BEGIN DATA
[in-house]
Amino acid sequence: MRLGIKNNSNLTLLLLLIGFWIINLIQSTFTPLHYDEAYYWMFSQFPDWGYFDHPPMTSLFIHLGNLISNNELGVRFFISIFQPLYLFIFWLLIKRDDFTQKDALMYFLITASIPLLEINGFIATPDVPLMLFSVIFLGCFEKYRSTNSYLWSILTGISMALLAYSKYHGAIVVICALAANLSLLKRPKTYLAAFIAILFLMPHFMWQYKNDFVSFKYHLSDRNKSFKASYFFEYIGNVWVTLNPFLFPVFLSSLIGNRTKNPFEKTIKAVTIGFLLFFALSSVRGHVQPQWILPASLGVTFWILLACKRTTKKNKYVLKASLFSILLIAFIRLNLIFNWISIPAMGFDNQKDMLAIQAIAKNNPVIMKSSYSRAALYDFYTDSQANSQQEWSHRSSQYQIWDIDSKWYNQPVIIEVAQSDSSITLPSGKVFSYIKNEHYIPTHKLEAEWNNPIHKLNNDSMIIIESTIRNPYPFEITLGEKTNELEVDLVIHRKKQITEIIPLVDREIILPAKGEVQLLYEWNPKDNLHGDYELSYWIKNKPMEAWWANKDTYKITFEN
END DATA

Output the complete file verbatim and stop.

[in-house]
Amino acid sequence: MRLGIKNNSNLTLLLLLIGFWIINLIQSTFTPLHYDEAYYWMFSQFPDWGYFDHPPMTSLFIHLGNLISNNELGVRFFISIFQPLYLFIFWLLIKRDDFTQKDALMYFLITASIPLLEINGFIATPDVPLMLFSVIFLGCFEKYRSTNSYLWSILTGISMALLAYSKYHGAIVVICALAANLSLLKRPKTYLAAFIAILFLMPHFMWQYKNDFVSFKYHLSDRNKSFKASYFFEYIGNVWVTLNPFLFPVFLSSLIGNRTKNPFEKTIKAVTIGFLLFFALSSVRGHVQPQWILPASLGVTFWILLACKRTTKKNKYVLKASLFSILLIAFIRLNLIFNWISIPAMGFDNQKDMLAIQAIAKNNPVIMKSSYSRAALYDFYTDSQANSQQEWSHRSSQYQIWDIDSKWYNQPVIIEVAQSDSSITLPSGKVFSYIKNEHYIPTHKLEAEWNNPIHKLNNDSMIIIESTIRNPYPFEITLGEKTNELEVDLVIHRKKQITEIIPLVDREIILPAKGEVQLLYEWNPKDNLHGDYELSYWIKNKPMEAWWANKDTYKITFEN